If you’re the GM of a professional sports team, you’re not going to hire a new coach just because you like him. I mean, it’s great that you both share an affinity for hot wings and root for Team John Snow, but those things don’t exactly translate to managerial expertise. The same goes for having your work pals in charge of hiring the new employee, especially if they won’t be working with them. And what would you say if a team manager just let the players make the decision about their new teammate? Making sure you have the right people in place to make the hiring decision is nearly as important as whom you hire—and the two are not mutually exclusive.
PRO-TIP: Always include the decision maker, and make sure the hiring teams know how their feedback is used.
4. You Don’t Know What a Hiring Structure Is
We’ve all seen the I Love Lucy episode, “Job Switching,” where Lucy and Ethel famously end up frantically stuffing chocolates from an assembly line in well...everywhere. Lucy and Ethel looked at the assembly line the way most organizations look at hiring: “how hard can it be?” Guess what? Hard. First, you're overwhelmed with resumes. Some people you survey, some people you call, some people you bring in. And who needs a process plan when ultimately you intend to rely on your “gut instinct” to decide the right person? But intuition should only be part of more defined procedures that are time-tested, effective tools for finding the right person.
PRO-TIP: Map out a process that is consistent for all candidates, and think through the most important questions you should ask in an interview. As for your gut? Consider doubting your instincts in order to check against unintentional bias.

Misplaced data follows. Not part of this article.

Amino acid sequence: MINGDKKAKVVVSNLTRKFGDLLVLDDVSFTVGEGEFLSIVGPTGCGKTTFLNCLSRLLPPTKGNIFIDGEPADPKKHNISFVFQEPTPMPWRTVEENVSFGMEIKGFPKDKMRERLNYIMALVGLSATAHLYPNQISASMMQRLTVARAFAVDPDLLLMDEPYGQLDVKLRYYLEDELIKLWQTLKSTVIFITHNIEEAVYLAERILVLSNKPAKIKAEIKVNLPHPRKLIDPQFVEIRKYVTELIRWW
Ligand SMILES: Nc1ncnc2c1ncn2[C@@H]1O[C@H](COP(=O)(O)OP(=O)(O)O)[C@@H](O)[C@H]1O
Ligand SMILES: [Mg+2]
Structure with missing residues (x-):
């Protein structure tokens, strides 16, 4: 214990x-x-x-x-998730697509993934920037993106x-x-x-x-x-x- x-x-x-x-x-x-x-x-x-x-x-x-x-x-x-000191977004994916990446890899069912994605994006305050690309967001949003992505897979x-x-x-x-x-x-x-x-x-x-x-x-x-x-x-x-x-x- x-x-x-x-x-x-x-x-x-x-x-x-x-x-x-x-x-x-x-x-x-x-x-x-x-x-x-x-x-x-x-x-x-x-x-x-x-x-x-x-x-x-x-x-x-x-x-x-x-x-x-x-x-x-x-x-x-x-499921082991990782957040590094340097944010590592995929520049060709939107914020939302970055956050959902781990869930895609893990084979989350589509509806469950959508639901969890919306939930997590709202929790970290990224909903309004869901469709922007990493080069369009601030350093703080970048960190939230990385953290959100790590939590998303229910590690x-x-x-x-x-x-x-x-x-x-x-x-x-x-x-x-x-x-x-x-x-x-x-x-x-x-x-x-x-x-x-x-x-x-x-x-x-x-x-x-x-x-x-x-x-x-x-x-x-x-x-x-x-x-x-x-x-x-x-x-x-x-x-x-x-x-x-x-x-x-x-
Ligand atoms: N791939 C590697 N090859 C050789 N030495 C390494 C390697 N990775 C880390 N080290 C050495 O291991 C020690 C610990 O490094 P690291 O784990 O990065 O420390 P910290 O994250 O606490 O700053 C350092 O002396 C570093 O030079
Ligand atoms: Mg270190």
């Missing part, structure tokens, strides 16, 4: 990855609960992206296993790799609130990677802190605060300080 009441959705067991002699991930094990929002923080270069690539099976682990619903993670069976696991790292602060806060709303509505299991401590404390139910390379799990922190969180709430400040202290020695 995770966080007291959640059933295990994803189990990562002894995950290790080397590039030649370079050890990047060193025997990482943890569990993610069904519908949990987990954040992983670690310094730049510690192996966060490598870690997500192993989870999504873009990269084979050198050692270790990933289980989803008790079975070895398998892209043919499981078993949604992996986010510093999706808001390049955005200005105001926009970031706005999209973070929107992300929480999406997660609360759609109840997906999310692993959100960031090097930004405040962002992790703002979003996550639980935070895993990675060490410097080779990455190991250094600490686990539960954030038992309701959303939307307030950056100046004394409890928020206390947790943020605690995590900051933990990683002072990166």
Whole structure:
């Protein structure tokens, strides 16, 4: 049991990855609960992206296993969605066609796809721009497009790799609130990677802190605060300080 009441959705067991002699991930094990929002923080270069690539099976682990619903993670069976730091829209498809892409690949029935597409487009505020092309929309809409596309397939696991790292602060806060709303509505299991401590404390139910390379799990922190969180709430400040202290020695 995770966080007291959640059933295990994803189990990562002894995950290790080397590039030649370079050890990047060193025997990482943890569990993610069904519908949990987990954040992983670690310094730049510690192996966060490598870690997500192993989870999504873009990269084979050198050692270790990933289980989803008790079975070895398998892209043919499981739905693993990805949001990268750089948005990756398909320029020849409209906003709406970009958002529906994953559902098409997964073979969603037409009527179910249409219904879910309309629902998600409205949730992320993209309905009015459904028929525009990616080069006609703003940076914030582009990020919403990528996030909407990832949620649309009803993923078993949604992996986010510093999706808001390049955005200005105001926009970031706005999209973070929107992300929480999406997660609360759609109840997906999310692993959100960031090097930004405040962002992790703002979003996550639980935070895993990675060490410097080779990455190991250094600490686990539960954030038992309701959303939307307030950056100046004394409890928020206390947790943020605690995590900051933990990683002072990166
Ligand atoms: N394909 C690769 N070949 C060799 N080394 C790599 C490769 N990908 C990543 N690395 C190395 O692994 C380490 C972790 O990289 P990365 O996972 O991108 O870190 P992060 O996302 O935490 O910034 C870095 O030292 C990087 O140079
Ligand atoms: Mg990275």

5. You Don’t Look Internally
Even though you swore you didn’t actually want to go to prom, it was always nice to be asked. And it was secretly hurtful when you weren’t. Similarly, we’ve seen lots of people who are happy with their current jobs become less so when they are overlooked for a new position. Yes, it’s wise to cast a wide net when hiring for a new position--and you certainly don’t want to hire someone internally who doesn’t have the skill sets for the job just to save feelings—but it’s important to give your current employees the opening.
PRO-TIP: Creating equal application opportunity is a delicate balance that is struck by interviewing both internally and externally.
6. You Hire out of Desperation
Remember in high school when you always underestimated how long it would take to study for Dr. Tostevin’s history exams? You wouldn’t even look at your notes on the Russian Revolution until 9pm the night before the test. When your test came back, you got a C-. Bolshevik.
Too often, employers underestimate the amount of time and effort it takes to do the hiring process right. Overwhelmed by the stack of 100 resumes on your desk--compiled with any number of the mistakes previously discussed (see above), not to mention the mounting work of your actual job--the temptation to hire the first person in the door is hard to resist.
PRO-TIP: Hire us! At Envision we have search solutions for every budget. Let us take the hassle of hiring off your plate and help make sure the person to join your team is actually your first choice, not just the first person in the door.